(2) The sample fluid and a known dilution of anti-PSP15 are incubated for 30 min at 37°. This solution is then loaded in the sample well and incubated for 1 hr at room temperature.
(3) Wells are emptied, washed 3 times with 0.05% Tween20 in PBS and then reacted with either a second antibody bound to an indicator substrate or with 125 I-labelled Protein A for 1 hr at room temperature.
(4) Antibody or Protein A is washed off 3 times with 0.05% Tween20 in PBS.
(5) Indicators are added and washed, or plates are read directly by ELIZA reader or by clipping off the wells and then counting them in a gamma counter.
A part of the PSP15 monoclonal antibody of the present invention obtained by restrictive cleavage with a chemical or by enzyme treatment by well known methods (e.g., Z. Eshhar, in T. Springer, ed., supra) to produce, for example A Fab fragment, can also be used in the methods of this invention. Such fragments are referred to herein as anti-PSP15 fragments. Anti-PSP15 fragments can also be conjugated to radionuclides or enzymes, for example, to produce derivatives thereof. The PSP15 antibodies and anti-PSP15 fragments derivatized by attachment to, for example, radionuclides, or enyzmes as set forth above, are referred to and claimed herein as "derivatives".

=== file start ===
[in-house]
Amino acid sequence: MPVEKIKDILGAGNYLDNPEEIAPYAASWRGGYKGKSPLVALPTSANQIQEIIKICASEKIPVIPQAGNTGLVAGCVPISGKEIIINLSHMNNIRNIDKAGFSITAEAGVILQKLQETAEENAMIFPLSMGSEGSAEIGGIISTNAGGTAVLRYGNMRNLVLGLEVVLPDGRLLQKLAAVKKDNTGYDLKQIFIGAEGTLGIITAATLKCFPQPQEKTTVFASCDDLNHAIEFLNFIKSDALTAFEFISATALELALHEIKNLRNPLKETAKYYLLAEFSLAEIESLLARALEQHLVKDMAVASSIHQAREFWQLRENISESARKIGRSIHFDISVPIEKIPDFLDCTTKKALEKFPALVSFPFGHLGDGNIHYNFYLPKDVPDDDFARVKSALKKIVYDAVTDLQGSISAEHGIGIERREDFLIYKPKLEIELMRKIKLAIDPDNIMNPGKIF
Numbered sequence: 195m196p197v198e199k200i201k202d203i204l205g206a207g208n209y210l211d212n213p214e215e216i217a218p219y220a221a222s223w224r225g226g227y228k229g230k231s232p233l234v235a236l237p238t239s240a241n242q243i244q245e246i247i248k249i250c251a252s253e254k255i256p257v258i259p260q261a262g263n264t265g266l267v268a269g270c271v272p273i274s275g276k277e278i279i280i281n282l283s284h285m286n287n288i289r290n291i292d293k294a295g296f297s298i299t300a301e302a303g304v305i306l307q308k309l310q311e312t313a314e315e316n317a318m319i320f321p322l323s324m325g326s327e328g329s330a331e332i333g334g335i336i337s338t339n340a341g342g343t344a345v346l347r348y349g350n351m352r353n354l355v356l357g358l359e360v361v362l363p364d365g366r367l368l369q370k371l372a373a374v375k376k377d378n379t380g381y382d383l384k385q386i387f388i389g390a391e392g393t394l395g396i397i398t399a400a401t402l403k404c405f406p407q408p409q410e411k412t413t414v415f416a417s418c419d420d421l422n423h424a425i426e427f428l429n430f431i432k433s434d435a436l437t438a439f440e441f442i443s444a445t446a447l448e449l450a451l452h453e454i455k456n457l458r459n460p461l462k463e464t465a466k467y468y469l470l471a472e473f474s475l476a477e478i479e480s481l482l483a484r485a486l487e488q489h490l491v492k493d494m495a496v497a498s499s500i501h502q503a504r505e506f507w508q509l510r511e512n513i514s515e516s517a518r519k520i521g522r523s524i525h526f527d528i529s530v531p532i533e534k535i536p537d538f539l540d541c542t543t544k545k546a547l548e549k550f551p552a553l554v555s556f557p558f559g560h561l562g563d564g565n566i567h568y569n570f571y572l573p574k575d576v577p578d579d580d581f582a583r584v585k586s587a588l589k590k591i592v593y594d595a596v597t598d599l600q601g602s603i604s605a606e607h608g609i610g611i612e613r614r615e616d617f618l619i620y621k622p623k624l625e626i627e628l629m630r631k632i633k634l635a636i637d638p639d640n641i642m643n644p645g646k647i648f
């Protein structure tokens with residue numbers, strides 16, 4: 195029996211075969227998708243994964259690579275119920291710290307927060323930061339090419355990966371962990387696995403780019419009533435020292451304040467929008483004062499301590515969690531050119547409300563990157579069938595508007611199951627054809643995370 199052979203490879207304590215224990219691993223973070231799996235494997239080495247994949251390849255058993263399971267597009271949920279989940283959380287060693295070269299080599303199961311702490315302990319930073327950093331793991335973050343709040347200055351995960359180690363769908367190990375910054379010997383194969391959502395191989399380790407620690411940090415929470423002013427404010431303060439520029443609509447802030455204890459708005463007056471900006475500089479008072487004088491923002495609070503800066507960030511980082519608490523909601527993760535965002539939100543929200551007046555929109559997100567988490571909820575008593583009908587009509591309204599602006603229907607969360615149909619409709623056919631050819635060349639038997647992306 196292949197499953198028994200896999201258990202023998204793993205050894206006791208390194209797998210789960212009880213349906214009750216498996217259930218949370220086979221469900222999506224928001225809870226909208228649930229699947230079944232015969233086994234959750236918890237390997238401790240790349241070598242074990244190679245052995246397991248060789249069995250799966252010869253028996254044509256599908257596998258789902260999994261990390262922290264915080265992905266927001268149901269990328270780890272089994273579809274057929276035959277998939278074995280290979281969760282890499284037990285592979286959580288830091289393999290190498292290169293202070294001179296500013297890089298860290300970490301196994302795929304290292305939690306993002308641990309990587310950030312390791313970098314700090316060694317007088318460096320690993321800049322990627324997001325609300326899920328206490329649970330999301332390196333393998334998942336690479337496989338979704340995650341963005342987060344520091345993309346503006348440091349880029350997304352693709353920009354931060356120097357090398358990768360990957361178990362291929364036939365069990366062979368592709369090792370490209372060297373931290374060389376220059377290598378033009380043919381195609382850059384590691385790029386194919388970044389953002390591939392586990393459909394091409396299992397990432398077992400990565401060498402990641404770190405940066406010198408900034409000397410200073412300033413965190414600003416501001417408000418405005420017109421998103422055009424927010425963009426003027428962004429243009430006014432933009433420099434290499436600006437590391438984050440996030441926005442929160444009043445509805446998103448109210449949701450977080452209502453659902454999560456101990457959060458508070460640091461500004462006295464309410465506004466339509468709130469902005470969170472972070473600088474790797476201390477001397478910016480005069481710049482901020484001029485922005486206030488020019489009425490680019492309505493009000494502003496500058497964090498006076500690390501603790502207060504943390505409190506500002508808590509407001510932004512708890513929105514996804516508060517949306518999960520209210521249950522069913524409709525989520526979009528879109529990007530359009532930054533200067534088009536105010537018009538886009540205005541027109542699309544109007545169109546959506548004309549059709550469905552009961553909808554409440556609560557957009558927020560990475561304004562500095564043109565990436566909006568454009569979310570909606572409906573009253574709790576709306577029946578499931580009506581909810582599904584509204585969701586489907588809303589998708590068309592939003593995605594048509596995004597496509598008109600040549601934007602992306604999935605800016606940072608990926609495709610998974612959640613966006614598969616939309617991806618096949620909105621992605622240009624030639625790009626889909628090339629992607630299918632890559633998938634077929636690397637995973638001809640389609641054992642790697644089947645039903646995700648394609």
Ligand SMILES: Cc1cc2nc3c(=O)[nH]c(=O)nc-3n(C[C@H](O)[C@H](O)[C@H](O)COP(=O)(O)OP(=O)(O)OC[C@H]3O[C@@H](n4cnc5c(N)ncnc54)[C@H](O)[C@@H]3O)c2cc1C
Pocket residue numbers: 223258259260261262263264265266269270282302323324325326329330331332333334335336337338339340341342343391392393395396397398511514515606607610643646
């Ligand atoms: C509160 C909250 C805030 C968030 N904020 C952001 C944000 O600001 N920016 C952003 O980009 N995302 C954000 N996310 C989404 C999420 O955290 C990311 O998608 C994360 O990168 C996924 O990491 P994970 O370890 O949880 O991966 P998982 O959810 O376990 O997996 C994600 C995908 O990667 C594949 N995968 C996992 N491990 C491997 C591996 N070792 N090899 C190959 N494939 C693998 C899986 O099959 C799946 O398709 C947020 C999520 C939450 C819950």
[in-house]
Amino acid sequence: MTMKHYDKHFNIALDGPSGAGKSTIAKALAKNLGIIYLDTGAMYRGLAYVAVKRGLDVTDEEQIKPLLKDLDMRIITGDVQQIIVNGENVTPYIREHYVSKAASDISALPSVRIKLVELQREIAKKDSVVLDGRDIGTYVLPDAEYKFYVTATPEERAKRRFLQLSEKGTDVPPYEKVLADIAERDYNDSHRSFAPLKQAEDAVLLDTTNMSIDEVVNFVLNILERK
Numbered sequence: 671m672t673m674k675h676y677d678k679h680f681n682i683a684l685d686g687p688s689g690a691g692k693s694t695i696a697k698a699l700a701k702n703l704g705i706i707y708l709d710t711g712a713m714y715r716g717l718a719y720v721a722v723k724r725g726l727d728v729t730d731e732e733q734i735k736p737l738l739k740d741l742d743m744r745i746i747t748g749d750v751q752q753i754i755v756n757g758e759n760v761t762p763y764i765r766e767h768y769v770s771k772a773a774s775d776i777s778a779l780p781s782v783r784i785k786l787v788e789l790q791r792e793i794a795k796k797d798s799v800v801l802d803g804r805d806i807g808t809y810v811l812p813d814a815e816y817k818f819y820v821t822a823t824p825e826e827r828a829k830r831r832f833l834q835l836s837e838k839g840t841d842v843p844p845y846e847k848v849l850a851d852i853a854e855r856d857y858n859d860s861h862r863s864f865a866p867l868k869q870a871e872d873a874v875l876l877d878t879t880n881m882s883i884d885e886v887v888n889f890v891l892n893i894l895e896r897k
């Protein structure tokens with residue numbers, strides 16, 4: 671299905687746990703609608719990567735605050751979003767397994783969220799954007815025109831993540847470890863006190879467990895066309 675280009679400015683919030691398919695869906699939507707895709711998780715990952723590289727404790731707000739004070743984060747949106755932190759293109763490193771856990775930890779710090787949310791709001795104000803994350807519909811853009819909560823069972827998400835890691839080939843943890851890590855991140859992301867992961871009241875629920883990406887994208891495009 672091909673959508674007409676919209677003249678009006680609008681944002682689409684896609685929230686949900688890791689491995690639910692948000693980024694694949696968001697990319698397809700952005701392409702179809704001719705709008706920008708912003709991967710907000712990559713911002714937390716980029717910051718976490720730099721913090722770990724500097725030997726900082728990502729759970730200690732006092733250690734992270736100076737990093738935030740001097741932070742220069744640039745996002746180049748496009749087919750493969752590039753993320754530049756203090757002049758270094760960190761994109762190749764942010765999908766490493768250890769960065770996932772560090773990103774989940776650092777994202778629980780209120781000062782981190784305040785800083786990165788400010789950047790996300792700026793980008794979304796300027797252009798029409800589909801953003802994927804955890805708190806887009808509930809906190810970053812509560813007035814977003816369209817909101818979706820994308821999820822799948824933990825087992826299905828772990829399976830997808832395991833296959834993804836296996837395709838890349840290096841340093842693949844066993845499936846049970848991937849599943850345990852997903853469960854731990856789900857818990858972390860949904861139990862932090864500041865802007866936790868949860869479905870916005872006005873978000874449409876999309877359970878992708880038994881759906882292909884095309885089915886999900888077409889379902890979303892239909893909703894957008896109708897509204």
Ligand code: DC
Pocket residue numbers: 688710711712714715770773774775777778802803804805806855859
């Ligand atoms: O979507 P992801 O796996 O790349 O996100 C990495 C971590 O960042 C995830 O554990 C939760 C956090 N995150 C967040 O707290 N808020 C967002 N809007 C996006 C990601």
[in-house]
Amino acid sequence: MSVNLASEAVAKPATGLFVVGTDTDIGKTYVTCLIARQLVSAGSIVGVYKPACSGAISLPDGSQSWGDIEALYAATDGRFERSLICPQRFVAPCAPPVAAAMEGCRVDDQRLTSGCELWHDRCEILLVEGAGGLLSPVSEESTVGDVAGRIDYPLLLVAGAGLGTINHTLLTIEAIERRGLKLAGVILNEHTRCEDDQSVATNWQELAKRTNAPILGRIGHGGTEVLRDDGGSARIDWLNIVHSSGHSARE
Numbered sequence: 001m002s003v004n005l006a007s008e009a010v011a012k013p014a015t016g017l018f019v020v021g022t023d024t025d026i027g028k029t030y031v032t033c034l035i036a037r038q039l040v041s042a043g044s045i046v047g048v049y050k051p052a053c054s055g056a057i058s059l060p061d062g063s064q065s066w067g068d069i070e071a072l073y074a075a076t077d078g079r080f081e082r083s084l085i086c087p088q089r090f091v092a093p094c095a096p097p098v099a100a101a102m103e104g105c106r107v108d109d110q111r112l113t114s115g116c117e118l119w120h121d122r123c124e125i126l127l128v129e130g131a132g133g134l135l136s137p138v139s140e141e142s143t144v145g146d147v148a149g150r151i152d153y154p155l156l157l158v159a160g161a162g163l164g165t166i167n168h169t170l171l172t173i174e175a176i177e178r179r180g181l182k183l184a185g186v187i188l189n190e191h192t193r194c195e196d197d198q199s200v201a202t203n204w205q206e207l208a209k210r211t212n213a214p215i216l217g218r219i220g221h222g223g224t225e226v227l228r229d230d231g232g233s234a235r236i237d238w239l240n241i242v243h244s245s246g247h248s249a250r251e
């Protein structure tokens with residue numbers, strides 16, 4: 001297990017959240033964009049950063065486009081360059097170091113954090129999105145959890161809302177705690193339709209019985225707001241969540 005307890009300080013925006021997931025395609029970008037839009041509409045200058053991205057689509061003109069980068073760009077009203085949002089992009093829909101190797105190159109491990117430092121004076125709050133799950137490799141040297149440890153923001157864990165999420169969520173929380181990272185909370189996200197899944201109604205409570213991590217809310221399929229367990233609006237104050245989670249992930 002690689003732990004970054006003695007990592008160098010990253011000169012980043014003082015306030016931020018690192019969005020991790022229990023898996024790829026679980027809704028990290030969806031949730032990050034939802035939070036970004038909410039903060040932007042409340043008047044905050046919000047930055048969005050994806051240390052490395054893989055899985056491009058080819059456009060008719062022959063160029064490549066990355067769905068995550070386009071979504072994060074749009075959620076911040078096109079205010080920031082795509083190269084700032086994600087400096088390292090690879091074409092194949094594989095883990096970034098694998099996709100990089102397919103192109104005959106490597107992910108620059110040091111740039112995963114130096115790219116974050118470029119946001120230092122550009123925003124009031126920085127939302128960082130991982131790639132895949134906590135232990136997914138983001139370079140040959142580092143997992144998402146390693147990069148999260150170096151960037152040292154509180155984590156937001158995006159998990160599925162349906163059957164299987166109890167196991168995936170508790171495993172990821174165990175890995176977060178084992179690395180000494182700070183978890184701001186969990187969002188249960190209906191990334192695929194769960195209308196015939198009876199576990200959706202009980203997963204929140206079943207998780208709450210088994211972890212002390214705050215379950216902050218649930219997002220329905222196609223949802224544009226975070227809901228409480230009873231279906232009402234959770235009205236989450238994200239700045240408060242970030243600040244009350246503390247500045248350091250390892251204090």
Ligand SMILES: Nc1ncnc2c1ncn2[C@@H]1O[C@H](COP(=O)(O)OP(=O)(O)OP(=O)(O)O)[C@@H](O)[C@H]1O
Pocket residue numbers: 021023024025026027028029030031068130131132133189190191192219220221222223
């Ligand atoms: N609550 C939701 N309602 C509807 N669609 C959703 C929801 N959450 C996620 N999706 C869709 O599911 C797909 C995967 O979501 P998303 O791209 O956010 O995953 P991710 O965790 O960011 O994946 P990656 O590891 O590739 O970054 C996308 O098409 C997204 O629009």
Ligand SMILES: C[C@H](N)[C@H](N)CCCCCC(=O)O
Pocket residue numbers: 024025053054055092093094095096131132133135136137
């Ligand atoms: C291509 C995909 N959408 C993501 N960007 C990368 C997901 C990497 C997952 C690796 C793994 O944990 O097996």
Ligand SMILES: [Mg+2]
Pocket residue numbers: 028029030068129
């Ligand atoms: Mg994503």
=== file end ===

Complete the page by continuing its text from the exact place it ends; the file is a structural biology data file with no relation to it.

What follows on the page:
The hybridomas producing the monoclonal antibodies of the present invention are exemplified by hybridomas 4C3 (UC®HB-17), 7A5F9 (UC®HB-18), 8H4C7 (UC®HB-19), and 11C11B11 (UC®HB-20). Hybridoma 4C3 was deposited at the American Type Culture Collection, Rockville MD, (ATCC) on 10 June 1986, and is available therefrom by requesting deposit number ATCC HB 9121. Hybridomas 7A5F9, 8H4C7, and 11C11B11 were also deposited at the ATCC on 7 October 1986, and are available therefrom by requesting deposit numbers ATCC HB 9224, ATCC HB9225, and ATCC HB 9226 respectively.
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|U.S. Classification||435/7.23, 435/7.93, 435/7.92, 530/388.85, 530/864, 435/70.21, 435/344.1, 436/548, 436/813|
|Cooperative Classification||Y10S530/864, Y10S436/813, C07K16/3038|
|Oct 23, 1987||AS||Assignment|
Owner name: UPJOHN COMPANY, THE, KALAMAZOO, MI A CORP. OF DE
Free format text: ASSIGNMENT OF ASSIGNORS INTEREST.;ASSIGNOR:CARTER, DONALD B.;REEL/FRAME:004773/0955
Effective date: 19861125
Owner name: UPJOHN COMPANY, THE, KALAMAZOO, MI A CORP. OF DE
Free format text: ASSIGNMENT OF ASSIGNORS INTEREST.;ASSIGNOR:MC EWAN, ROBERT N.;REEL/FRAME:004773/0954
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Owner name: UPJOHN COMPANY, THE,MICHIGAN
Free format text: ASSIGNMENT OF ASSIGNORS INTEREST;ASSIGNOR:MC EWAN, ROBERT N.;REEL/FRAME:004773/0954
Effective date: 19861125
Owner name: UPJOHN COMPANY, THE,MICHIGAN
Free format text: ASSIGNMENT OF ASSIGNORS INTEREST;ASSIGNOR:CARTER, DONALD B.;REEL/FRAME:004773/0955
Effective date: 19861125
|Dec 4, 1992||FPAY||Fee payment|
Year of fee payment: 4
|Apr 15, 1997||REMI||Maintenance fee reminder mailed|
|Sep 7, 1997||LAPS||Lapse for failure to pay maintenance fees|
|Nov 18, 1997||FP||Expired due to failure to pay maintenance fee|
Effective date: 19970910